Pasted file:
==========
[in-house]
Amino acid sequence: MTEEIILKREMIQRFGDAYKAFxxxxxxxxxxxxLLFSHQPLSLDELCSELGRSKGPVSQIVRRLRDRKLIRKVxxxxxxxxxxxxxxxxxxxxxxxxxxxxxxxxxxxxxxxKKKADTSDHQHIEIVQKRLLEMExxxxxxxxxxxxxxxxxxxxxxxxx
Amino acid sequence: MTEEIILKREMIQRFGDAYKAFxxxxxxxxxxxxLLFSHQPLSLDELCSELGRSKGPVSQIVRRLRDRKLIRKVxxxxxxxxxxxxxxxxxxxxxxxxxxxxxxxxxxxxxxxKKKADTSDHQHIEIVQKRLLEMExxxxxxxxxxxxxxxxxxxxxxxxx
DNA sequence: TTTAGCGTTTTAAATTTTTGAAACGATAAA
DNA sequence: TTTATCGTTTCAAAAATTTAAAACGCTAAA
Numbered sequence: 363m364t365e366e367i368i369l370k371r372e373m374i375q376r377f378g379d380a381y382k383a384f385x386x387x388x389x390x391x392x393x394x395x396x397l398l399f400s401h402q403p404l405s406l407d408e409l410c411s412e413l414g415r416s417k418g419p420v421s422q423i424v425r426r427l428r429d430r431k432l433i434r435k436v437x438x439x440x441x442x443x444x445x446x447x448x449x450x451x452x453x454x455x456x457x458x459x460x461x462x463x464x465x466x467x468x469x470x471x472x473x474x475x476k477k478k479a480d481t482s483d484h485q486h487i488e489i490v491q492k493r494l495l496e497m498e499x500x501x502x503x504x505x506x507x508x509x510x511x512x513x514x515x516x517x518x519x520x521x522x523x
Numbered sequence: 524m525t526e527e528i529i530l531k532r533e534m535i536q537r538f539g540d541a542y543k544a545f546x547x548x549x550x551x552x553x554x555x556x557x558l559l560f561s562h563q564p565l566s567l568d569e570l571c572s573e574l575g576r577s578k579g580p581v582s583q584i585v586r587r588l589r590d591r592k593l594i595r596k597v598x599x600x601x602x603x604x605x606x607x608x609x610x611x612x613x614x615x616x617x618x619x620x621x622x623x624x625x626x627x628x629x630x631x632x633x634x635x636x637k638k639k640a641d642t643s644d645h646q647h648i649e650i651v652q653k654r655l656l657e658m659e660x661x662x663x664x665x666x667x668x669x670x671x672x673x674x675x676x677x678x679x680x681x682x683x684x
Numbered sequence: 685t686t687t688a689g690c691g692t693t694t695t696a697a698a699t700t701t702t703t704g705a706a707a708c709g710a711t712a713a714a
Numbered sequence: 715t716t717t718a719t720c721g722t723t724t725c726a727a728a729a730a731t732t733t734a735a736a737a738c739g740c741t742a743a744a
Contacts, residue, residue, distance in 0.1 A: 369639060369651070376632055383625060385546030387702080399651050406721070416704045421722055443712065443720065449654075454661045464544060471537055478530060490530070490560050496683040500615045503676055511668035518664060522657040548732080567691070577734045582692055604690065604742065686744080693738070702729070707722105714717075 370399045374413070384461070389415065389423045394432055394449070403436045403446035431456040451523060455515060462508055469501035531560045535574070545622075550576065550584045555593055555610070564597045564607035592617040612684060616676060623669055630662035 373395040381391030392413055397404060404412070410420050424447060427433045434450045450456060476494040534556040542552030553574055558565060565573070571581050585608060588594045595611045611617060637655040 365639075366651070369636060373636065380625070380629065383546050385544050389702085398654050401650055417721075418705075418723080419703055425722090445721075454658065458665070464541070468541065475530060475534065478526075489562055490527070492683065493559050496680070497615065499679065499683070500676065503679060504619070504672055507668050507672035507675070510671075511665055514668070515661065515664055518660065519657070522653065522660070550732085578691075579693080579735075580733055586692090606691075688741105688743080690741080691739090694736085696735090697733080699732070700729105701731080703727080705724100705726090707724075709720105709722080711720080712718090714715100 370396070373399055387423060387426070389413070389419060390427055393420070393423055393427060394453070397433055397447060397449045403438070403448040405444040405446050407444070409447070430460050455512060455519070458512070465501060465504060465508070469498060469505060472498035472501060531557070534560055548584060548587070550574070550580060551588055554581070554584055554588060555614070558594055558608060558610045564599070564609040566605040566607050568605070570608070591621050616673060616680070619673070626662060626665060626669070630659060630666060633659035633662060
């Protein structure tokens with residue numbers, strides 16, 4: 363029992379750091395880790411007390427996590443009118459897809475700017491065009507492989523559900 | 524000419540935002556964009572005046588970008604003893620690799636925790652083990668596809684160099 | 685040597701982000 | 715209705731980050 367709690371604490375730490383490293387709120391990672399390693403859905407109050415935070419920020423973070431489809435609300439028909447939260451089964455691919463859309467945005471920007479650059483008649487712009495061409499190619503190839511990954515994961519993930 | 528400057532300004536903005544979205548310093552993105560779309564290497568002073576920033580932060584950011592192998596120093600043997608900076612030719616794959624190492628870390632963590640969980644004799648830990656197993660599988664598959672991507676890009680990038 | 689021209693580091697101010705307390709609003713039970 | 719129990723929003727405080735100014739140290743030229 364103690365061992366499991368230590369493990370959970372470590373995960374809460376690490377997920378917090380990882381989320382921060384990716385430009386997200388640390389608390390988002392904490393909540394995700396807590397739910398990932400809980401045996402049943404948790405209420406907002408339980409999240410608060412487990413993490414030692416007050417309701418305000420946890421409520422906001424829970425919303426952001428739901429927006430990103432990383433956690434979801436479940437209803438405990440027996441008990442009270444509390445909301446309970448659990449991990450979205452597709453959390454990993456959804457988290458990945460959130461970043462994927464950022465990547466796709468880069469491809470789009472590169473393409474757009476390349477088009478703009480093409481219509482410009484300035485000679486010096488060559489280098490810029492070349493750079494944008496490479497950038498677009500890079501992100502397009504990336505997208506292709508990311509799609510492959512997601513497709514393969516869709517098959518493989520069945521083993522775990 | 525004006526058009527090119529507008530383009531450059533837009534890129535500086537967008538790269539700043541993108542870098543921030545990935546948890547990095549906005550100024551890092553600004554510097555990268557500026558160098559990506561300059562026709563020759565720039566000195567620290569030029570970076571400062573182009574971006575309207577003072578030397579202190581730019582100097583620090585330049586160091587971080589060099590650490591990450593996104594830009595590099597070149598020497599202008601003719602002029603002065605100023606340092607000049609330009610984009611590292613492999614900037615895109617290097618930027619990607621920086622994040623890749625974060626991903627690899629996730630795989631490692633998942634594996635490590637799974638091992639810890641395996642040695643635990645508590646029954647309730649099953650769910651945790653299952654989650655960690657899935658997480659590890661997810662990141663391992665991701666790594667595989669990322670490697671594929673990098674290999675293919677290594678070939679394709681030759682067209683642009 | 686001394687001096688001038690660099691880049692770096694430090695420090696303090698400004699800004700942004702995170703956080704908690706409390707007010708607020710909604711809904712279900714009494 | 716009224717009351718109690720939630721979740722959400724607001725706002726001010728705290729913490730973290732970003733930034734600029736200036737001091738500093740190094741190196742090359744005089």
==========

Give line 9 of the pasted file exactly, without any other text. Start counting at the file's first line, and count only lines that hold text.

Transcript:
Numbered sequence: 715t716t717t718a719t720c721g722t723t724t725c726a727a728a729a730a731t732t733t734a735a736a737a738c739g740c741t742a743a744a